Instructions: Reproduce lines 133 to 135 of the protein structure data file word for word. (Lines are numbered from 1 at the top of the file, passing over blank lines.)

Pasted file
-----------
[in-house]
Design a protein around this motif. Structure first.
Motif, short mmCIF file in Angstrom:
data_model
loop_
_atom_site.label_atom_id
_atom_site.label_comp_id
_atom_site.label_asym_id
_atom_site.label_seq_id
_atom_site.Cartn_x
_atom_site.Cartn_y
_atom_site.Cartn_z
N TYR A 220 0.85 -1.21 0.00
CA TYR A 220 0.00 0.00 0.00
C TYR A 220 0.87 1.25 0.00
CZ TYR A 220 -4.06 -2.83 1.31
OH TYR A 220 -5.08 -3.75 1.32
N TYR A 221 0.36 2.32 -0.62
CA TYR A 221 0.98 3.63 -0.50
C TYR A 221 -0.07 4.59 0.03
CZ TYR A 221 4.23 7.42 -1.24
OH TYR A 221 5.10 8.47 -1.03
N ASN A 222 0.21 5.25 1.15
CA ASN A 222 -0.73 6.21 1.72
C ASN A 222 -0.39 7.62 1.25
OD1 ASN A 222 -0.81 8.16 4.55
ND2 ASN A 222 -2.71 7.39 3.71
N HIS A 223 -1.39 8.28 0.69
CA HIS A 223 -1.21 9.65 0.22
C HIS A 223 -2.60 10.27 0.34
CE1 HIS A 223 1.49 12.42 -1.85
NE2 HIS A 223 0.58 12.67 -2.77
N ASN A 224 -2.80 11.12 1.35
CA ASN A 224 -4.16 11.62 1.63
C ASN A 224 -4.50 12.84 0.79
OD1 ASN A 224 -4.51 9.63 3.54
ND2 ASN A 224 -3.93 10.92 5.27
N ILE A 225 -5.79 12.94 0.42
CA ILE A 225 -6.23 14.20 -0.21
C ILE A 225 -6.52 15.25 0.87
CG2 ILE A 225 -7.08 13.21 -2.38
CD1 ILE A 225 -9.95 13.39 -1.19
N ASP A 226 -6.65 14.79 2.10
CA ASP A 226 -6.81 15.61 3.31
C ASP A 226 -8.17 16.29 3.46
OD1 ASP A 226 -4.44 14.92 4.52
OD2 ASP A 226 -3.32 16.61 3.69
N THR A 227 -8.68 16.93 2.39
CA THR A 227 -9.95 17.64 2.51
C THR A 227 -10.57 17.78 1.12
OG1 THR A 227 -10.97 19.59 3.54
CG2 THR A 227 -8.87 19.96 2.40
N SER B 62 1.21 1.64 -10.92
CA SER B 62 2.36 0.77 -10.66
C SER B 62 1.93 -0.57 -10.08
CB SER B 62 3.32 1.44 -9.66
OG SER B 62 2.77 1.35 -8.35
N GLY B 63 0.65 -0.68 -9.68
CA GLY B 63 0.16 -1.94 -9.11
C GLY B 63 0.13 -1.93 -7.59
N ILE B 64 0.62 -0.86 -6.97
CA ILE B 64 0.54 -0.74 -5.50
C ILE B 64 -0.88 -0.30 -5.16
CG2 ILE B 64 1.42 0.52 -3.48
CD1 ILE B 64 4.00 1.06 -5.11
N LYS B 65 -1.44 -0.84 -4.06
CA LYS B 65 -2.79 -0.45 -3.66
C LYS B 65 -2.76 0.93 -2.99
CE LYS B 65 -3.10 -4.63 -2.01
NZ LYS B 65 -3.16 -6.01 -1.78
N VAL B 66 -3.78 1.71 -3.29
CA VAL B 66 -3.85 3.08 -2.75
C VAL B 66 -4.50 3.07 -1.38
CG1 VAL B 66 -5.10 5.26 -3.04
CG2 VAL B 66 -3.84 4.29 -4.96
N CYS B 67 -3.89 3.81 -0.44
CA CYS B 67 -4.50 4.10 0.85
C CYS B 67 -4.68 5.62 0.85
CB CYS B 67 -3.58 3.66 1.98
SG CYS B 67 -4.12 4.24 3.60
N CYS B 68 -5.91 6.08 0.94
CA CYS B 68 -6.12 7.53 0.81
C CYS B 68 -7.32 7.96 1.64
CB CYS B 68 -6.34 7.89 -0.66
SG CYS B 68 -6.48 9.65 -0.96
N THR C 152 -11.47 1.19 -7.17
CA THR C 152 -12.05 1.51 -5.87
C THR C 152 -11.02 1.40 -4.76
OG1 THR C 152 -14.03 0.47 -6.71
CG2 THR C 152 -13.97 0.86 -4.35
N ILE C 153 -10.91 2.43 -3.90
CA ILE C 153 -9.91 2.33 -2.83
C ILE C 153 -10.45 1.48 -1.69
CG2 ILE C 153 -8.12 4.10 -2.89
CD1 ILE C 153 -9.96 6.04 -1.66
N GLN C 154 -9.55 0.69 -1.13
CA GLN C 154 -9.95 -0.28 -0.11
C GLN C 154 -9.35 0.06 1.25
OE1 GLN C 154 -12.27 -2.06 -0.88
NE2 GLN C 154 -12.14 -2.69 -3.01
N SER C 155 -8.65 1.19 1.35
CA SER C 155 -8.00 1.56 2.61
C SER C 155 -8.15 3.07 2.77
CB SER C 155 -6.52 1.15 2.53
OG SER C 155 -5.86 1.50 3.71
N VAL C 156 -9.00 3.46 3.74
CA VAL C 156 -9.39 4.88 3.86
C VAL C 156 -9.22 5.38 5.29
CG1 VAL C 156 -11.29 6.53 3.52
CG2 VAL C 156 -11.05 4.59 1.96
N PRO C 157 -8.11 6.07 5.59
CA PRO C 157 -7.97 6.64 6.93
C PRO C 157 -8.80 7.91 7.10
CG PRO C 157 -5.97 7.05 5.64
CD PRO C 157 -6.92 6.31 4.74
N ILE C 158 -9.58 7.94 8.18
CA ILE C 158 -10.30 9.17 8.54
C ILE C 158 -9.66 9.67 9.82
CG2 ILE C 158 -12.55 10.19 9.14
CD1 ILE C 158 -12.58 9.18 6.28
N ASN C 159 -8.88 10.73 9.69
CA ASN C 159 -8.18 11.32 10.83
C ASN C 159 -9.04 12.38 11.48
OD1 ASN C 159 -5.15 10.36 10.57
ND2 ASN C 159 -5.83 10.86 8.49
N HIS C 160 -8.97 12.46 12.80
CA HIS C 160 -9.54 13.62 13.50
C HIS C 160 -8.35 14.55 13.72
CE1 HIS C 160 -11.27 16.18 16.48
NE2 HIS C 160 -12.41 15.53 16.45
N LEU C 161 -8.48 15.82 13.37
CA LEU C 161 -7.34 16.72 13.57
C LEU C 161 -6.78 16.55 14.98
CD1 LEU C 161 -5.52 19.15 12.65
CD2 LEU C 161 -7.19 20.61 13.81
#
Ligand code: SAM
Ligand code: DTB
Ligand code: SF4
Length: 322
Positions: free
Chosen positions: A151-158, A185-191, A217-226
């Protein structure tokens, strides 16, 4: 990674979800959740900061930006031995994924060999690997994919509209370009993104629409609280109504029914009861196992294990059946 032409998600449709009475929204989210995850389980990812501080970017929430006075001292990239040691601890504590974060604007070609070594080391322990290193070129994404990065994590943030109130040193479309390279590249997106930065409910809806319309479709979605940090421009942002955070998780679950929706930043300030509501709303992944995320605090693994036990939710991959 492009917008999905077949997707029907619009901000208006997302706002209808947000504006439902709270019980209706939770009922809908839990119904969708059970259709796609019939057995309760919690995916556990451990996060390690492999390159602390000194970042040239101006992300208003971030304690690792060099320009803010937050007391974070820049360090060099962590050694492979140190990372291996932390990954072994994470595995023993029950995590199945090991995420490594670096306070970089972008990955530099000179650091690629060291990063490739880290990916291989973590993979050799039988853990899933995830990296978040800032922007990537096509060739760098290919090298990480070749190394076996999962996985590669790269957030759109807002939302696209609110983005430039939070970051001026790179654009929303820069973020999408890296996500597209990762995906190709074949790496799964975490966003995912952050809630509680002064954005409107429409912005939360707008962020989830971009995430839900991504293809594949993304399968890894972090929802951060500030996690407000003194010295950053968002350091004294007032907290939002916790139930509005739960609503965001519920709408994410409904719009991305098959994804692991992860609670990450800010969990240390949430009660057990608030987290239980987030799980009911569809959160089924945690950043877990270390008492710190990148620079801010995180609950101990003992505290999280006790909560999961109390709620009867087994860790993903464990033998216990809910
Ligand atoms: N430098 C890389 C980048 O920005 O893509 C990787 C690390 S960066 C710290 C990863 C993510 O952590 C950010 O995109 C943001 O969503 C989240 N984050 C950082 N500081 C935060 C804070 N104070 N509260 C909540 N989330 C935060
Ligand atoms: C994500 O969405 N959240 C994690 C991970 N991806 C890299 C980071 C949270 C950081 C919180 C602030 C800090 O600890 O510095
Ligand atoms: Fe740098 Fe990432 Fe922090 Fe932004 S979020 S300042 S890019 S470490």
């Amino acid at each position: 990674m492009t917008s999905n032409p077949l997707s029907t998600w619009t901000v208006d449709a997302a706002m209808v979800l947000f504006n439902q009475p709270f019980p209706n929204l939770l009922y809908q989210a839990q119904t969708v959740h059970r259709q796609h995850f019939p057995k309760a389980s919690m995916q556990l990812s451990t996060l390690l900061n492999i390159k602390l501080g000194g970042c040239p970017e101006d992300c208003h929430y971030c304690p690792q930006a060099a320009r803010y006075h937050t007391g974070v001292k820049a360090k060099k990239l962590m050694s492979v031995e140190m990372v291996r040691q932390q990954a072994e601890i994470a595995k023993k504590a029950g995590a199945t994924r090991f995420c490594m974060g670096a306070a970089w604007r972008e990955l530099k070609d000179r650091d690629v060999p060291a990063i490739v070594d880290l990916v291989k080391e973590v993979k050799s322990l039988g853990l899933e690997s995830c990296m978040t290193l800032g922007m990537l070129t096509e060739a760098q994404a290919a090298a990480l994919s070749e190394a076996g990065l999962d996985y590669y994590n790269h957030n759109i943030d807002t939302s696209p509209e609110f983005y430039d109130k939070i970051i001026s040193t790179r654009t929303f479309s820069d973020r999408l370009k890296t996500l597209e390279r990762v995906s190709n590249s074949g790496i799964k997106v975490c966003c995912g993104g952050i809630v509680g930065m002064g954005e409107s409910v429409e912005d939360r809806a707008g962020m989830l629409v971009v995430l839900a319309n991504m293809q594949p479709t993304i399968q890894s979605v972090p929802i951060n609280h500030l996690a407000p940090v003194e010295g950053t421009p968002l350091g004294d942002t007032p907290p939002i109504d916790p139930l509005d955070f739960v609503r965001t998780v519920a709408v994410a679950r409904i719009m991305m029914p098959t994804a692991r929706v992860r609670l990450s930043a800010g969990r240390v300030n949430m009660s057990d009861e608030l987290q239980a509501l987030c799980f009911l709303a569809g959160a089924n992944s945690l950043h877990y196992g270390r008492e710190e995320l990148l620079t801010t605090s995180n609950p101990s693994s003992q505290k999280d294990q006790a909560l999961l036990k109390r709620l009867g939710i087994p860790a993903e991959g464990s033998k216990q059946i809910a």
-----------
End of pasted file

C LEU C 161 -6.78 16.55 14.98
CD1 LEU C 161 -5.52 19.15 12.65
CD2 LEU C 161 -7.19 20.61 13.81